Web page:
From my bookshelf

I am now searching for an antique copy of Madame Bovary to add to my antique collection.

Those who know me know that there are three things which I can talk about incessantly: photography, travel and books. And since I believe books are magical, holy objects they deserve a regular spot on this blog. Those of you who read a lot will know that the name of this blog is derived from my best book of all time – The Unbearable Lightness of Being by Milan Kundera. However since the concept of ‘lightness of being’ is very different in the book to what I would like to achieve in this little corner of cyberspace I will not dwell on it much…only urge you to read it.

So the first book to be featured is Madame Bovary, by Gustave Flaubert. For the past two years I have been trying to read as many classics as possible although they are not always easy. But after watching Little Children with Kate Winslet, in which the book is discussed, I was really intrigued and read it a few months ago. I was floored. It is beautifully written and I could not put it down even though I had been expecting to struggle through it. I will very shamefully admit that sometimes I find the classics a little, well, um boring. A little tedious. Especially when they describe some scandalous act in such a way that your 21st century mind sometimes struggles to work out what on earth they are talking about; needless to say the description of love affairs and all things bedroom related  in 18th and 19th century literature leaves, well, everything up to the imagination.
Emma Bovary is quite possibly one of my favourite literary characters even though she is vain, sees herself as superior to others, and loves material things. Towards the end of the book it becomes harder and harder to sympathise with her as she throws herself and her family deeper into trouble. But the entire time I read the book I could not help thinking how I would have fared in similar circumstances. It is easy to criticize Emma for the mistakes she makes when you are a woman living in today’s modern world, with all the freedom that the intelligent and frustrated Emma desperately longs for. She, growing up in the countryside in France in the 1850s, did not have the freedom to move to Paris on her own, to go to parties and to live a little (she is after all young), or to divorce the husband she did not love.
This feature is not intended as a book review, just a space for me to say a little about the books I love. I would be thrilled to hear other’s comments and thoughts too – sort of a comment-thread book club if you will.
To end of here is my favourite quote from the book; it is Emma describing her husband: “Charles’s conversation was commonplace as a street pavement, and everyone’s ideas trooped through it in their everyday garb, without exciting emotion, laughter or thought”.

7 comentarios en “From my bookshelf”

  1. I read Madame Bovary when I was in high school and I think I enioyed it, but now can’t quite remember the storyline. I might just pick it up again and re-read it! Have you read Lady Chatterley’s Lover by D.H. Lawrence? It is along the same vein as Madame Bovary (adultery, scandal, etc) but HEAPS more…ehm…graphic? I was very surprised that this book could be published in the era that it was!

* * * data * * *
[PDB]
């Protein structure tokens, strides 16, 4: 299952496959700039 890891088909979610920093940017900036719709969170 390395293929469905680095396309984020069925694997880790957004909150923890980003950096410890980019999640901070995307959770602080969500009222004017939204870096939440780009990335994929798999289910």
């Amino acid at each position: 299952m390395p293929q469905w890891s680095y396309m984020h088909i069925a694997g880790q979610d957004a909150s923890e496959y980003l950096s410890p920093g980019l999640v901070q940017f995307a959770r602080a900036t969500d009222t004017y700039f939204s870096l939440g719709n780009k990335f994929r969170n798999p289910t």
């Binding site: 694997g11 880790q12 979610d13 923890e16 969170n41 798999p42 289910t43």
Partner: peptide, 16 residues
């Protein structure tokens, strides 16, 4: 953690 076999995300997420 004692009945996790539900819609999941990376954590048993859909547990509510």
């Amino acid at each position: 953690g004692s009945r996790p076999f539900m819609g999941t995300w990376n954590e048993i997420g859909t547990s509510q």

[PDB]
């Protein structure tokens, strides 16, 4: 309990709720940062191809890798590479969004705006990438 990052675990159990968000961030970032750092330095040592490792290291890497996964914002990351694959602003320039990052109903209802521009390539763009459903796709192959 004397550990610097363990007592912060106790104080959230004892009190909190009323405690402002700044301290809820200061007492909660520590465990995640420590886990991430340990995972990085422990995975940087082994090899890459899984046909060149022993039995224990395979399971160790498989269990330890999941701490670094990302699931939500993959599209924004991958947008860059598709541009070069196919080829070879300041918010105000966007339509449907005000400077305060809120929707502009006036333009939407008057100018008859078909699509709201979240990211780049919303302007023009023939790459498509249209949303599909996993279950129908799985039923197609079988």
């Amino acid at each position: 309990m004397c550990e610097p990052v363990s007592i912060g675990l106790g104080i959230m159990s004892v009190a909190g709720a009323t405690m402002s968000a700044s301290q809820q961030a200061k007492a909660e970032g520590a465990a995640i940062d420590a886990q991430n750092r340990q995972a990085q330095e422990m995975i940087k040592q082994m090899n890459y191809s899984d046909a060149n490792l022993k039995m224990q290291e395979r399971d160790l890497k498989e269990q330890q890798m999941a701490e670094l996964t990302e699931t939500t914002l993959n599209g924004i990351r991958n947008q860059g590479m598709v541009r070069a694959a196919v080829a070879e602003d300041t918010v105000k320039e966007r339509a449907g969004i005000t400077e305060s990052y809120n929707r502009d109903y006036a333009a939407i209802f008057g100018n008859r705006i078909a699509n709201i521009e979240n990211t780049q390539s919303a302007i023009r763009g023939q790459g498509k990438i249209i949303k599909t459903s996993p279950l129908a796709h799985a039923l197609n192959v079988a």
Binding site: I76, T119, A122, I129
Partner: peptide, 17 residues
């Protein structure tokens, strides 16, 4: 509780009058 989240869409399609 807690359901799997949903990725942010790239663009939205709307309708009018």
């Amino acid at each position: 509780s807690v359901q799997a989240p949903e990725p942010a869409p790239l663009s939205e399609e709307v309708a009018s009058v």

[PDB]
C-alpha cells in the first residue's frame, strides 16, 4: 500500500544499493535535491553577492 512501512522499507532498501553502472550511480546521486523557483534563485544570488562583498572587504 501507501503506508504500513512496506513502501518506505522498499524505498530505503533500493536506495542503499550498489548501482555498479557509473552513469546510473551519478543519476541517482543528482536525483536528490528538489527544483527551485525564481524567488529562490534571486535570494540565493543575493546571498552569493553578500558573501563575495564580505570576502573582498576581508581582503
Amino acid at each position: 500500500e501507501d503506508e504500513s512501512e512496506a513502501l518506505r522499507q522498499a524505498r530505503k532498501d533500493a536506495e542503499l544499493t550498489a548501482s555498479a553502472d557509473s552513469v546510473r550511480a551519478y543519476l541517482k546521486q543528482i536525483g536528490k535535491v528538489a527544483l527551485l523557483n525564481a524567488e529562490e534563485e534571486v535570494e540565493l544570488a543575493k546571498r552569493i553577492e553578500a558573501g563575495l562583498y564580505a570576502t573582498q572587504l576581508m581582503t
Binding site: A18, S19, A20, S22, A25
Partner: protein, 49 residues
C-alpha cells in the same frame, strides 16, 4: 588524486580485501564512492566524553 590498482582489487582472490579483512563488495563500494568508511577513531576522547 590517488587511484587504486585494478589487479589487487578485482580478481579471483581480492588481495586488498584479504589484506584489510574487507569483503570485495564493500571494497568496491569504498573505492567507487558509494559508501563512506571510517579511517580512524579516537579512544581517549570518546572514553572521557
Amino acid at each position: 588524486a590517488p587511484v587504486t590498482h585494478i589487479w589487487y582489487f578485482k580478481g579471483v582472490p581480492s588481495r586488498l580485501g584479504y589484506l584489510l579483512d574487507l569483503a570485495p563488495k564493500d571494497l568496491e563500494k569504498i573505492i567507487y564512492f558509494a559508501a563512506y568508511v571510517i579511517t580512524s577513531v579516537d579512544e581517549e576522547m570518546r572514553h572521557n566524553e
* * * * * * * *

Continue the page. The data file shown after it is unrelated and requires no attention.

2. Hi Jen, i would definitely urge you to read it again. I sometimes regret reading a lot of books in high school or even earlier as now I feel that I didn’t really get the full value because I was so young and had no frame of refernece. I haven’t read Lady Chatterley’s lover yet but we did a collection of Lawrence’s short stories in high school and I remember this one about a woman who moves to a greek island (i think) and starts to walk around naked all the time…I’m sure that one didn’t go down well either.

  3. Thanks for this post! You inspired me to get straight online and download it to read. Pleasant surprise worth noting if anyone else is wanting to do the same: it’s FREE to download for kindle! Another great thing about classics, many of them are often 99cents (or free apparently) on ebook. Kind on forests and wallets 🙂

    1. Thanks so much. Yeah ate the cool thing about classics – most of them are available for free or for a few cents. I also love to buy used secondhand books in the spirit of reduce, reuse and recycle.

  4. Wow, I haven’t read this book in ages. I remember reading it in H.S. along with many classics, but back then, it was more about going through them and just finishing my hw. I do remember the film though. At first I thought Madame Bovary was incredibly vain and selfish woman but then I felt very bad for her in the end. There’s something about that time where a woman couldn’t be herself that makes me think that some people rebel against it in some way and at that time, people judge, as they judge now. I think it was an incredibly good story and a cautionary tale though how we take it now is up to how we feel and understand it. Love this post! ❤

    1. That is exactly how I feel. I haven’t seen the movie but it is so clear in the book. There are so many loathsome qualities about Emma but I do understand her. After all haven’t we all had times when we’ve felt trapped or down and we tried to drown this out with shopping and the acquisition of material things? That is exactly what Emma does but of course she takes it too far. And I feel really sorry for her because she really loved Rodolphe while he treated her like a plaything.


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